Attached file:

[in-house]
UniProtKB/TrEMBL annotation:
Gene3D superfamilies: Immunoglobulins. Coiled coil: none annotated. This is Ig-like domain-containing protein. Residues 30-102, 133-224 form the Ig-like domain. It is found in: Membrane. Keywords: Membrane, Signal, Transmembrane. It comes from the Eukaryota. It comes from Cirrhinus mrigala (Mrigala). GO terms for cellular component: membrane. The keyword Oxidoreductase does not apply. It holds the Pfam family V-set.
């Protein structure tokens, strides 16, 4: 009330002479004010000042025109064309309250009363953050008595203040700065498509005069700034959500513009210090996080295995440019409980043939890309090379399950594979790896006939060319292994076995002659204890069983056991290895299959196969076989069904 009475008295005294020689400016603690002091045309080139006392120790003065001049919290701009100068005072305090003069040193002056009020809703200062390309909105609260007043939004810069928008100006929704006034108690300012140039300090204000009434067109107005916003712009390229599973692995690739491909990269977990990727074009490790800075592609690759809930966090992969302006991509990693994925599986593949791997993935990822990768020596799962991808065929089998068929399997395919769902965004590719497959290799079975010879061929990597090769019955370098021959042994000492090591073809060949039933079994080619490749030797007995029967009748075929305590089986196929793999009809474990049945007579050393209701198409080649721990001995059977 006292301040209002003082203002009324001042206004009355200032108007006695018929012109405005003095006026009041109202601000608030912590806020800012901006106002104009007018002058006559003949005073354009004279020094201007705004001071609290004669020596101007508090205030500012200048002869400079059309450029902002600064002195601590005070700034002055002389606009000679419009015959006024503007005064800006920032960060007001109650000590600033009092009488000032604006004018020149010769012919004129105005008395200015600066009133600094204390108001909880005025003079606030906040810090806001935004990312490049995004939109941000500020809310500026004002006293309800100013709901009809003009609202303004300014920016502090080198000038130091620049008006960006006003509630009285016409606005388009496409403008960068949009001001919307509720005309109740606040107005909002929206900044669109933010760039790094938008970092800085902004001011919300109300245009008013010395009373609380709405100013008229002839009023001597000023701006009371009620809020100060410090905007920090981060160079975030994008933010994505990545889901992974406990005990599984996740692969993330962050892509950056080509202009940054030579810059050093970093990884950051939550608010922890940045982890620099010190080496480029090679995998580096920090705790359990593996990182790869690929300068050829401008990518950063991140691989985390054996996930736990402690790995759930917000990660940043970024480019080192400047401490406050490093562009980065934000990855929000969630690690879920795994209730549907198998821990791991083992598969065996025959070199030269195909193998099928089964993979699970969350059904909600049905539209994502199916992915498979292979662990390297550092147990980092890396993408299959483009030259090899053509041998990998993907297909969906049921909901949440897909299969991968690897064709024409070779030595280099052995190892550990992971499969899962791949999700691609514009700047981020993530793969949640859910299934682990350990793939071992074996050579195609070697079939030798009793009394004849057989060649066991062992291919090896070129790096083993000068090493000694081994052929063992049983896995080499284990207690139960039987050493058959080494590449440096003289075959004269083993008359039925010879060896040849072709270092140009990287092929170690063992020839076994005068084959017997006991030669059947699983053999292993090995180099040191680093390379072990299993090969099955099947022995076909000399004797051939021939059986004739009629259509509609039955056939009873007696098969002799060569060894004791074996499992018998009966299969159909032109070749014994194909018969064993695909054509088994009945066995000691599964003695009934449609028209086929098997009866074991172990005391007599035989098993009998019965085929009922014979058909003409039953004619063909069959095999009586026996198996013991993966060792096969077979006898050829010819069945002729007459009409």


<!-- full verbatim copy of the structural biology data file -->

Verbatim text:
[in-house]
UniProtKB/TrEMBL annotation:
Gene3D superfamilies: Immunoglobulins. Coiled coil: none annotated. This is Ig-like domain-containing protein. Residues 30-102, 133-224 form the Ig-like domain. It is found in: Membrane. Keywords: Membrane, Signal, Transmembrane. It comes from the Eukaryota. It comes from Cirrhinus mrigala (Mrigala). GO terms for cellular component: membrane. The keyword Oxidoreductase does not apply. It holds the Pfam family V-set.
């Protein structure tokens, strides 16, 4: 009330002479004010000042025109064309309250009363953050008595203040700065498509005069700034959500513009210090996080295995440019409980043939890309090379399950594979790896006939060319292994076995002659204890069983056991290895299959196969076989069904 009475008295005294020689400016603690002091045309080139006392120790003065001049919290701009100068005072305090003069040193002056009020809703200062390309909105609260007043939004810069928008100006929704006034108690300012140039300090204000009434067109107005916003712009390229599973692995690739491909990269977990990727074009490790800075592609690759809930966090992969302006991509990693994925599986593949791997993935990822990768020596799962991808065929089998068929399997395919769902965004590719497959290799079975010879061929990597090769019955370098021959042994000492090591073809060949039933079994080619490749030797007995029967009748075929305590089986196929793999009809474990049945007579050393209701198409080649721990001995059977 006292301040209002003082203002009324001042206004009355200032108007006695018929012109405005003095006026009041109202601000608030912590806020800012901006106002104009007018002058006559003949005073354009004279020094201007705004001071609290004669020596101007508090205030500012200048002869400079059309450029902002600064002195601590005070700034002055002389606009000679419009015959006024503007005064800006920032960060007001109650000590600033009092009488000032604006004018020149010769012919004129105005008395200015600066009133600094204390108001909880005025003079606030906040810090806001935004990312490049995004939109941000500020809310500026004002006293309800100013709901009809003009609202303004300014920016502090080198000038130091620049008006960006006003509630009285016409606005388009496409403008960068949009001001919307509720005309109740606040107005909002929206900044669109933010760039790094938008970092800085902004001011919300109300245009008013010395009373609380709405100013008229002839009023001597000023701006009371009620809020100060410090905007920090981060160079975030994008933010994505990545889901992974406990005990599984996740692969993330962050892509950056080509202009940054030579810059050093970093990884950051939550608010922890940045982890620099010190080496480029090679995998580096920090705790359990593996990182790869690929300068050829401008990518950063991140691989985390054996996930736990402690790995759930917000990660940043970024480019080192400047401490406050490093562009980065934000990855929000969630690690879920795994209730549907198998821990791991083992598969065996025959070199030269195909193998099928089964993979699970969350059904909600049905539209994502199916992915498979292979662990390297550092147990980092890396993408299959483009030259090899053509041998990998993907297909969906049921909901949440897909299969991968690897064709024409070779030595280099052995190892550990992971499969899962791949999700691609514009700047981020993530793969949640859910299934682990350990793939071992074996050579195609070697079939030798009793009394004849057989060649066991062992291919090896070129790096083993000068090493000694081994052929063992049983896995080499284990207690139960039987050493058959080494590449440096003289075959004269083993008359039925010879060896040849072709270092140009990287092929170690063992020839076994005068084959017997006991030669059947699983053999292993090995180099040191680093390379072990299993090969099955099947022995076909000399004797051939021939059986004739009629259509509609039955056939009873007696098969002799060569060894004791074996499992018998009966299969159909032109070749014994194909018969064993695909054509088994009945066995000691599964003695009934449609028209086929098997009866074991172990005391007599035989098993009998019965085929009922014979058909003409039953004619063909069959095999009586026996198996013991993966060792096969077979006898050829010819069945002729007459009409």